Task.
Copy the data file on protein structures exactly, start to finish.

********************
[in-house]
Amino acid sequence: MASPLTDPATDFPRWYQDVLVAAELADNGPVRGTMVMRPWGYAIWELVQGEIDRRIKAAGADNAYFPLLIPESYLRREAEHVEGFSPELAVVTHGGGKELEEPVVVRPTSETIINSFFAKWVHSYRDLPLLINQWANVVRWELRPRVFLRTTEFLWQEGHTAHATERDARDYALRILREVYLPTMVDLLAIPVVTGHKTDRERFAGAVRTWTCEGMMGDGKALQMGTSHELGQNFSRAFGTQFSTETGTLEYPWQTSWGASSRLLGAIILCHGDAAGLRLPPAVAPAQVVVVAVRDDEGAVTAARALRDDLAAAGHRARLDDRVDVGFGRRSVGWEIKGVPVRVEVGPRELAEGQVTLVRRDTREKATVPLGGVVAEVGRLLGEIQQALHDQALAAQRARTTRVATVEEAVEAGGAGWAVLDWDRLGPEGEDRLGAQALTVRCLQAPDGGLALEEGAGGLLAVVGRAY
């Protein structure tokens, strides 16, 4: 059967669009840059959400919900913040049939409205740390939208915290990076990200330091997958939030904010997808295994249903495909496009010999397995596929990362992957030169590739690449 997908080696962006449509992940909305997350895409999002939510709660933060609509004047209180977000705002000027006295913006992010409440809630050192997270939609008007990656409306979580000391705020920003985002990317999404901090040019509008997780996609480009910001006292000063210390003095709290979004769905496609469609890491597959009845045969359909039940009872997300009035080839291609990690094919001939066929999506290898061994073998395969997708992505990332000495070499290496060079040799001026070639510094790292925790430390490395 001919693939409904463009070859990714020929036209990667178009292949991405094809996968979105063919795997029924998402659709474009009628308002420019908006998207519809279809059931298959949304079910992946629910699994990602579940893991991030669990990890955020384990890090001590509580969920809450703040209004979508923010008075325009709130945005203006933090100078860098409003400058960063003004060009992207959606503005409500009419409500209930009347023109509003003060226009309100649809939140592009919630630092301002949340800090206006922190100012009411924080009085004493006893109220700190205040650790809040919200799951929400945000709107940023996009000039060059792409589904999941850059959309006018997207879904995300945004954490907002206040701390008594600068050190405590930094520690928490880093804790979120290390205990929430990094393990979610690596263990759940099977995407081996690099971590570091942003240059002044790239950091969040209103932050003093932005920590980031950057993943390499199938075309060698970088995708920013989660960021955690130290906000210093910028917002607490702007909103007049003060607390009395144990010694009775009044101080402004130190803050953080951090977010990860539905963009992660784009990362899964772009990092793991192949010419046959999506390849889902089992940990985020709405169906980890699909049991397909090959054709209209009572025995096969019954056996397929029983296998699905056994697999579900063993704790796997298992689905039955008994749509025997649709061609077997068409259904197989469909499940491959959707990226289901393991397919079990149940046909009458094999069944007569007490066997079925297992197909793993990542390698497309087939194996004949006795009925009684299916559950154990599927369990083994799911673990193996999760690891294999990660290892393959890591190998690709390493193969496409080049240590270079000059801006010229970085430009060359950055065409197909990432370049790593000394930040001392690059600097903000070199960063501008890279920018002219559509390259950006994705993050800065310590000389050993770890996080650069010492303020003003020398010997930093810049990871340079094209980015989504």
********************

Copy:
[in-house]
Amino acid sequence: MASPLTDPATDFPRWYQDVLVAAELADNGPVRGTMVMRPWGYAIWELVQGEIDRRIKAAGADNAYFPLLIPESYLRREAEHVEGFSPELAVVTHGGGKELEEPVVVRPTSETIINSFFAKWVHSYRDLPLLINQWANVVRWELRPRVFLRTTEFLWQEGHTAHATERDARDYALRILREVYLPTMVDLLAIPVVTGHKTDRERFAGAVRTWTCEGMMGDGKALQMGTSHELGQNFSRAFGTQFSTETGTLEYPWQTSWGASSRLLGAIILCHGDAAGLRLPPAVAPAQVVVVAVRDDEGAVTAARALRDDLAAAGHRARLDDRVDVGFGRRSVGWEIKGVPVRVEVGPRELAEGQVTLVRRDTREKATVPLGGVVAEVGRLLGEIQQALHDQALAAQRARTTRVATVEEAVEAGGAGWAVLDWDRLGPEGEDRLGAQALTVRCLQAPDGGLALEEGAGGLLAVVGRAY
């Protein structure tokens, strides 16, 4: 059967669009840059959400919900913040049939409205740390939208915290990076990200330091997958939030904010997808295994249903495909496009010999397995596929990362992957030169590739690449 997908080696962006449509992940909305997350895409999002939510709660933060609509004047209180977000705002000027006295913006992010409440809630050192997270939609008007990656409306979580000391705020920003985002990317999404901090040019509008997780996609480009910001006292000063210390003095709290979004769905496609469609890491597959009845045969359909039940009872997300009035080839291609990690094919001939066929999506290898061994073998395969997708992505990332000495070499290496060079040799001026070639510094790292925790430390490395 001919693939409904463009070859990714020929036209990667178009292949991405094809996968979105063919795997029924998402659709474009009628308002420019908006998207519809279809059931298959949304079910992946629910699994990602579940893991991030669990990890955020384990890090001590509580969920809450703040209004979508923010008075325009709130945005203006933090100078860098409003400058960063003004060009992207959606503005409500009419409500209930009347023109509003003060226009309100649809939140592009919630630092301002949340800090206006922190100012009411924080009085004493006893109220700190205040650790809040919200799951929400945000709107940023996009000039060059792409589904999941850059959309006018997207879904995300945004954490907002206040701390008594600068050190405590930094520690928490880093804790979120290390205990929430990094393990979610690596263990759940099977995407081996690099971590570091942003240059002044790239950091969040209103932050003093932005920590980031950057993943390499199938075309060698970088995708920013989660960021955690130290906000210093910028917002607490702007909103007049003060607390009395144990010694009775009044101080402004130190803050953080951090977010990860539905963009992660784009990362899964772009990092793991192949010419046959999506390849889902089992940990985020709405169906980890699909049991397909090959054709209209009572025995096969019954056996397929029983296998699905056994697999579900063993704790796997298992689905039955008994749509025997649709061609077997068409259904197989469909499940491959959707990226289901393991397919079990149940046909009458094999069944007569007490066997079925297992197909793993990542390698497309087939194996004949006795009925009684299916559950154990599927369990083994799911673990193996999760690891294999990660290892393959890591190998690709390493193969496409080049240590270079000059801006010229970085430009060359950055065409197909990432370049790593000394930040001392690059600097903000070199960063501008890279920018002219559509390259950006994705993050800065310590000389050993770890996080650069010492303020003003020398010997930093810049990871340079094209980015989504």